Bridger Payne is an enigma that no one can figure out. Wise beyond his years, eerily intuitive and sexy as hell, every woman in The Silo wants him.
None can have him.
Not the real man, anyway.
He might wield the lash for you if you ask prettily, but he’ll get no gratification from it. He’ll definitely make you scream, but he won’t think twice about you when he walks away.
Bridger carries the darkest of secrets. He’s filled with too much pain.
He’s utterly untouchable.
Until she came along.
**Warning: this book has sex in it. Lots of sex. Dirty sex. The Wicked Horse Series is a bit different than what Sawyer Bennett normally writes. While you’ll still enjoy fabulous characters, a suspenseful story, some witty banter and an epic romance, there’s just… a lot of sex. You’ve been warned.
Since the release of her debut contemporary romance novel, Off Sides, in January 2013, Sawyer Bennett has released more than 30 books and has been featured on both the USA Today and New York Times bestseller lists on multiple occasions. A reformed trial lawyer from North Carolina, Sawyer uses real life experience to create relatable, sexy stories that appeal to a wide array of readers. From new adult to erotic contemporary romance, Sawyer writes something for just about everyone. Sawyer likes her Bloody Mary’s strong, her martinis dirty, and her heroes a combination of the two. When not bringing fictional romance to life, Sawyer is a chauffeur, stylist, chef, maid, and personal assistant to a very active toddler, as well as full-time servant to two adorably naughty dogs. She believes in the good of others, and that a bad day can be cured with a great work-out, cake, or a combination of the two.
I think everybody who started this series and loved it was intrigued by the character who would have an appearance in every single book. The enigmatic, wise beyond years Bridger, the owner of The Silo, who had a roughness about him yet offered kindness in the most unexpected moments. I was intrigued by his demons from the start, you never learned what they were, only saw the way they worked him. Until now.
When an aquaintance drops an injured, beat up woman at his place everything in Bridger says “no way, José”. But never being one to refuse innocent people a helping hand he agrees to letting her stay under his protection.
Maggie is the victim of the jealousy of an old lady. She gave birth to a daughter whose father is the president of a one percenter MC. Not wanting to expose her child to the life of an outlaw motorcycle club and being the property of her father she escaped one day and hid her daughter. When she was captured again she was tortured by Zeke, the president and his old lady Kayla. When she awakes from almost being killed by Kayla the first person she sees is Bridger. He offers her his protection and gives her a place where she can feel safe. As it always is when you live with somebody in close space you get to know them. Bridger, true to his trade, is a very sexual person so it doesn’t take long until both of them give in to their desire for each other. Soon, Maggie finds herself wishing for more than the physical but will she be able to tear down the walls Bridger has erected around his heart? How can you fight demons you don’t know?
From the start we know that Bridger was abused by his stepmother as a teenager. The things she did to him were horrible and that leaves scars on the soul of a decent man and it’s a testament to the strength of our hero that he has stayed an inherently decent man. Nevertheless…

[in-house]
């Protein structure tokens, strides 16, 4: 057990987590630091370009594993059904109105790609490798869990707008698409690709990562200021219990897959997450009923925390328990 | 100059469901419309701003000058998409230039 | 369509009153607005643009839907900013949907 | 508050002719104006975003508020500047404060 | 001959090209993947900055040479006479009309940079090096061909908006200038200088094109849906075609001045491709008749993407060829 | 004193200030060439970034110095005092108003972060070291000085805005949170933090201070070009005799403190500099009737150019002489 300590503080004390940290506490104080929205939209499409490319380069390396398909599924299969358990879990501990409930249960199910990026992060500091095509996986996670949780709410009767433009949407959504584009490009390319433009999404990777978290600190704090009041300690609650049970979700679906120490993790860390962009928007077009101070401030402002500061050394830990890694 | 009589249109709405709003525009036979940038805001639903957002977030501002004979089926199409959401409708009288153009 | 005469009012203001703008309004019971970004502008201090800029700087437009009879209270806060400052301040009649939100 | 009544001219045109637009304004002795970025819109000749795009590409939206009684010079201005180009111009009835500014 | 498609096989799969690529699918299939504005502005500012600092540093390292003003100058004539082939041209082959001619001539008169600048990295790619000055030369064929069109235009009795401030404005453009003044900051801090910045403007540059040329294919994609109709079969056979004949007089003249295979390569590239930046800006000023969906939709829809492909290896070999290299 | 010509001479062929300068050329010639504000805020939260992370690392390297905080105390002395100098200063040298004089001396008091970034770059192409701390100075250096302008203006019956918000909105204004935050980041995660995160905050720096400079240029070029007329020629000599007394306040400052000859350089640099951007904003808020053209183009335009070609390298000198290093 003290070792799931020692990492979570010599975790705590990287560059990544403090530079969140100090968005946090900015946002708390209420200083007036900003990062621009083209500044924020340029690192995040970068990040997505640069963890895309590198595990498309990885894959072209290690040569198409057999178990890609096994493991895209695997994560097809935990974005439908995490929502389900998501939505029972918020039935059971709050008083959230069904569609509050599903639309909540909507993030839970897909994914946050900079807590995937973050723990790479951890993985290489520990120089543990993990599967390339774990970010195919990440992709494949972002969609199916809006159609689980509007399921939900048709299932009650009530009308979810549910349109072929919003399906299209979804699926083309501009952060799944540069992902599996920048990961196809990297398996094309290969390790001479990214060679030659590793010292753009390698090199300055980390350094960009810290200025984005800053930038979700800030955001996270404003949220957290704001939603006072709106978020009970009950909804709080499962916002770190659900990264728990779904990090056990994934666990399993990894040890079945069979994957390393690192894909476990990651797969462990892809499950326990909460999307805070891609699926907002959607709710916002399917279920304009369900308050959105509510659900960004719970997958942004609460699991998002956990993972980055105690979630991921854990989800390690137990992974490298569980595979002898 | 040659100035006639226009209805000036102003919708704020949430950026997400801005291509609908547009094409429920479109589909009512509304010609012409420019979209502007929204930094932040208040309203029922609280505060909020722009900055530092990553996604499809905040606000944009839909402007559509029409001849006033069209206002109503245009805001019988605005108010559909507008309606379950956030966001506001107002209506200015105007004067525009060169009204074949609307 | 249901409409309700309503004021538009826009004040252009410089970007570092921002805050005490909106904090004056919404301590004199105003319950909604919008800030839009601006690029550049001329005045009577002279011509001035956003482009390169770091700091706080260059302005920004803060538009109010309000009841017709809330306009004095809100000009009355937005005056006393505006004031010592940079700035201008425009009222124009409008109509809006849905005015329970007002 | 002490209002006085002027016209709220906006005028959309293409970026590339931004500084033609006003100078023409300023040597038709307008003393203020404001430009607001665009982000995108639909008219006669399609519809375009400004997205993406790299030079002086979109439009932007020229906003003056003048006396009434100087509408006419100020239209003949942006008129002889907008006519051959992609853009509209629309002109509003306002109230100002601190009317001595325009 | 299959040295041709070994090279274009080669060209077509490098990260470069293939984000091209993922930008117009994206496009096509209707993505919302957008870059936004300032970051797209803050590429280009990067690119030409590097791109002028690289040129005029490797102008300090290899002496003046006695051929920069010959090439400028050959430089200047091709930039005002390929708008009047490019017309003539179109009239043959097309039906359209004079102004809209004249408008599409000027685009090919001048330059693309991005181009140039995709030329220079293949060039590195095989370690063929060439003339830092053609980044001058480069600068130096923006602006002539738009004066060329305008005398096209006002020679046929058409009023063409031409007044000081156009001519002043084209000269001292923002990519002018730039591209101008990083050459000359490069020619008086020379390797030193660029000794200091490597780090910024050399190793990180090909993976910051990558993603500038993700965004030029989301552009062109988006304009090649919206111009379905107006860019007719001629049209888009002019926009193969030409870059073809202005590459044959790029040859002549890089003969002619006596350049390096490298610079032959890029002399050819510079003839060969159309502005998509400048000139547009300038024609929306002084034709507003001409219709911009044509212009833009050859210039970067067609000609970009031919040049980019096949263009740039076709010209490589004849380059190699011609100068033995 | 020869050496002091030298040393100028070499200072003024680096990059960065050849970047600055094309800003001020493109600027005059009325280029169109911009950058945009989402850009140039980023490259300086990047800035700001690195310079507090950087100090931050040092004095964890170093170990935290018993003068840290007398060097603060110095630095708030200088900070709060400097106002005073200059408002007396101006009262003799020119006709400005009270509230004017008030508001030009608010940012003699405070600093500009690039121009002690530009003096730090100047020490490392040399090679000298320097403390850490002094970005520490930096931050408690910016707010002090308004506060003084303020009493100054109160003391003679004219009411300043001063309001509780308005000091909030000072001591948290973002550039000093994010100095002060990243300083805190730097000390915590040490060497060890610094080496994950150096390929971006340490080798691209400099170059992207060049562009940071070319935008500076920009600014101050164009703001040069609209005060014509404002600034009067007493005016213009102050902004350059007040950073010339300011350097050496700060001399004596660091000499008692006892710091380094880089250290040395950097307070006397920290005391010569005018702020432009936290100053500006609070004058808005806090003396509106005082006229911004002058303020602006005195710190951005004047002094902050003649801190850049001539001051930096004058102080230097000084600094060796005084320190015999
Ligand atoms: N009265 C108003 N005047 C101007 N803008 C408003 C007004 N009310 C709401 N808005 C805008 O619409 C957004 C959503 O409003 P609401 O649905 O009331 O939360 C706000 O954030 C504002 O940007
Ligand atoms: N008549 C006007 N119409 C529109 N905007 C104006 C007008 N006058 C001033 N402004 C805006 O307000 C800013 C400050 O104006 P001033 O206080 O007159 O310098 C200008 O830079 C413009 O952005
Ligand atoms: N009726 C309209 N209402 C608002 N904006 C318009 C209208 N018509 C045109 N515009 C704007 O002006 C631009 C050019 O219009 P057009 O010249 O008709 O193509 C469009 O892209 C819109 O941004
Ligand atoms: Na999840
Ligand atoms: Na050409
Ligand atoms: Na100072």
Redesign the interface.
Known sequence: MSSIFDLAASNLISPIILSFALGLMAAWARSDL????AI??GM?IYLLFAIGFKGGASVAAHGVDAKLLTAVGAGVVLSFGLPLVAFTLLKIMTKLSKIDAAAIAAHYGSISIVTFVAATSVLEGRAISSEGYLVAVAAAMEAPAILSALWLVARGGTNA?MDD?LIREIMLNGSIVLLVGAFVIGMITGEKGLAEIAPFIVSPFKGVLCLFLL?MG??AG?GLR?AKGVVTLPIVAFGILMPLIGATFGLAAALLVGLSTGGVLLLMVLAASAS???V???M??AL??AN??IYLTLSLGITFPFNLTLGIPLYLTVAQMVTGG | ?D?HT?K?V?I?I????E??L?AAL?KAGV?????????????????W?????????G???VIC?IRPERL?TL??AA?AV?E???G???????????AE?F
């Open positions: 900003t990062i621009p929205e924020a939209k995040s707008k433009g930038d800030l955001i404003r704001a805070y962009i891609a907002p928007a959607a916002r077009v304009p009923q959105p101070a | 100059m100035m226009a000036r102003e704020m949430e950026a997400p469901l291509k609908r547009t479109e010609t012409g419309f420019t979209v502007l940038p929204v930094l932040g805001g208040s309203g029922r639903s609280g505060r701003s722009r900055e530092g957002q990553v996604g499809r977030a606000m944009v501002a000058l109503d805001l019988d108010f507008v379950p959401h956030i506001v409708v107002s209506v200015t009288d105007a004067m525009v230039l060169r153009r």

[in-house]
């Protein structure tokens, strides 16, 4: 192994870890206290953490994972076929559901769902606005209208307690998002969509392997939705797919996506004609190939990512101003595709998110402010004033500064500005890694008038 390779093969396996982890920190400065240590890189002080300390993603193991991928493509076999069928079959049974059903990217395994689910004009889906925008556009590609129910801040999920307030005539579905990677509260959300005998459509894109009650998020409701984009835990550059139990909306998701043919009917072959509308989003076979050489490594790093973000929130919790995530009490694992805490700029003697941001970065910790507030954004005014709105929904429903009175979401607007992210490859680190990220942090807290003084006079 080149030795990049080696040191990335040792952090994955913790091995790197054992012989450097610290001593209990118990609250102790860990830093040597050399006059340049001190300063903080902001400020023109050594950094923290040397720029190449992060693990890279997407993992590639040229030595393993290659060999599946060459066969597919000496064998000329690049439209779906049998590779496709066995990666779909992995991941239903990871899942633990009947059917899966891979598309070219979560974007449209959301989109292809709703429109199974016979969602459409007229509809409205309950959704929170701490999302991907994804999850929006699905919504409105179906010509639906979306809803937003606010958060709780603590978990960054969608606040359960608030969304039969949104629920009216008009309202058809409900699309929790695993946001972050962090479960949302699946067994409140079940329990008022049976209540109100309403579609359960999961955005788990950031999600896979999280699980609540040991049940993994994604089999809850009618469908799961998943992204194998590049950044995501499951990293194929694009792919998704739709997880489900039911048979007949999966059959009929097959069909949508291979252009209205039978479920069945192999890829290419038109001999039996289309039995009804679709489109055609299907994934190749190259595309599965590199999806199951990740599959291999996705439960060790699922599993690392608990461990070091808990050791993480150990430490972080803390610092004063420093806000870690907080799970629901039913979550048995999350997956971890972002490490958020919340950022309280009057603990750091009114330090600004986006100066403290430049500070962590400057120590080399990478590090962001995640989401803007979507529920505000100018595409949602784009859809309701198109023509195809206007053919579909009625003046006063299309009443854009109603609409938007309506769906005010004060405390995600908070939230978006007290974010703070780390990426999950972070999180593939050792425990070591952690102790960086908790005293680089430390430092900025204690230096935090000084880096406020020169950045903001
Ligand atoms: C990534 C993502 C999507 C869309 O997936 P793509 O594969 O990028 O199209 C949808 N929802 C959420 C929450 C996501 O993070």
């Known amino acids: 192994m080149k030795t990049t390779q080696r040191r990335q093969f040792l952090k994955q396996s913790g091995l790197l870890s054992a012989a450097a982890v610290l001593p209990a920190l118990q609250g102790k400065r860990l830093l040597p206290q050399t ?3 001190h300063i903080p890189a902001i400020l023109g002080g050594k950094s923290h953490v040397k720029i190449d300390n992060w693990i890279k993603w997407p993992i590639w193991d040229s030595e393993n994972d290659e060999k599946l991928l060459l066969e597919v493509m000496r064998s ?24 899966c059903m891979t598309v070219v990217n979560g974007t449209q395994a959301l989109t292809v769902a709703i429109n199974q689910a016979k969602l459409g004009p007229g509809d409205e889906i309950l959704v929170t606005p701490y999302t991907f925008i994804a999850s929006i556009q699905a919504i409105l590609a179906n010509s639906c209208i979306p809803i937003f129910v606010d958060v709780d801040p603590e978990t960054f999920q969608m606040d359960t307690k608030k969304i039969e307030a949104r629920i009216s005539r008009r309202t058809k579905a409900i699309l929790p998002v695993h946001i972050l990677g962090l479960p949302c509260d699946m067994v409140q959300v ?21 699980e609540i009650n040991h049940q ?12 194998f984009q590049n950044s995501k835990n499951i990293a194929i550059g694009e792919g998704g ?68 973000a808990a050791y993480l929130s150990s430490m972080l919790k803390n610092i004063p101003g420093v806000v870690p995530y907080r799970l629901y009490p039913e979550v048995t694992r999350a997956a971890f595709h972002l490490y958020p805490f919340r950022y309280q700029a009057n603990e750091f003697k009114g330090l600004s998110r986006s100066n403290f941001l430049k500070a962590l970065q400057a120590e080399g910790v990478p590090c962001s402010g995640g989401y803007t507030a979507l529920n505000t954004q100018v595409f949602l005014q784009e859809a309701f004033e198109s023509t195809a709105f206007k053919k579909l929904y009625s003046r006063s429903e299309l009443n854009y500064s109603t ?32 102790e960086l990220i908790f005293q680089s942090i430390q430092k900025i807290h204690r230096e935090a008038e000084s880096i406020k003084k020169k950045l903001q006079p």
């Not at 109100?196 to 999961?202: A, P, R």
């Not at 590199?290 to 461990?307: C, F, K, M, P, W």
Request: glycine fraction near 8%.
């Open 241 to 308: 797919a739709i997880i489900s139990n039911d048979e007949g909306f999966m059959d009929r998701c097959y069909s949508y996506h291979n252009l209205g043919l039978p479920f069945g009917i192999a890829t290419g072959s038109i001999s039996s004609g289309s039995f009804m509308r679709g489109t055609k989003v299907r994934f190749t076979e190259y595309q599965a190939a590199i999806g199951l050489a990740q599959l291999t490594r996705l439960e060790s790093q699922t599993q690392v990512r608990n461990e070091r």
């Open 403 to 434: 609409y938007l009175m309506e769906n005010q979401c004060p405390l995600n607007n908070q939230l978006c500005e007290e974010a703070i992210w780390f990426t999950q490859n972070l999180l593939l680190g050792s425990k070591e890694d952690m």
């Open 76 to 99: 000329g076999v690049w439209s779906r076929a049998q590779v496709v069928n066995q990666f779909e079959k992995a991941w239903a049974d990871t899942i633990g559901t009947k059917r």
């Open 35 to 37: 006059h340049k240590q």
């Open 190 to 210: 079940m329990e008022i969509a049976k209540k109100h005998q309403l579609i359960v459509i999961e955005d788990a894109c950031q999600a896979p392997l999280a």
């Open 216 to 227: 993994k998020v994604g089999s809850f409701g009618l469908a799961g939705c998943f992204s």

“…love is for idiots and trust is for fools.”
It was fascinating to get a good view into the aloof Bridger, seeing him doing mundane things like make toast (and failing) for Maggie. He is the person who gets things done, and if he needs to use sex with a man for it he’ll do just that. Enjoy it, however, he does not. It’s all the same to him, woman, man, sex is only a way for him to blank out for a moment and escape his darkness.
“I could probably engage in a focused chess match as I was ploughing someone, able to stealthily checkmate my opponent while getting my rocks off.
That darkness and how it impedes him and his emotional life is heartbreaking. The way he tortures himself over not being able to give Maggie what he wants had me hurting for him. He sometimes is callous with her when his walls start to crumble.
I’m a shameful, heartless fuck, no doubt, but I’m also selfish as I mentioned.
On the other hand it was lovely to see him finding out that he was actually good with kids. When he was with Belle, our heroine’s daughter, it was lovely and adorable. Bridger is a fascinating and bottomless pit of contradictions and I love that while he doesn’t lose his edge he becomes a better and softer version of himself.
I have to say I did Maggie wrong in the beginning. I thought she’d be a needy and weak heroine but it didn’t last long and soon she showed a strong backbone. There is a lot of kindness in that woman but also resilience and pride and when the time for grovelling comes she gives Bridger a run for his money. She also has a traumatizing past yet never let it break her. Her strength is fortified by her little girl.
We get to see most of the past main characters and of course Woolf, Bridger’s best friend, has a lot of page-time. It was lovely to reconnect with him and remember why I loved him so much in his own book. He gives it to his best friend straight, filterless, when Bridger makes a mess of things.
“…but don’t make me do your dirty work for you. Man the fuck up, Bridger.”
I had an inkling that this installment would be the most emotional in the series and it really was. I hope we’ll meet some of the characters of this series in other books as we have with others. They have grown on me and I am sad to let them go. Maggie was an endearing heroine and loved how she was with Bridger. Bridger was everything I hoped for. Sawyer Bennett did Bridger’s story justice.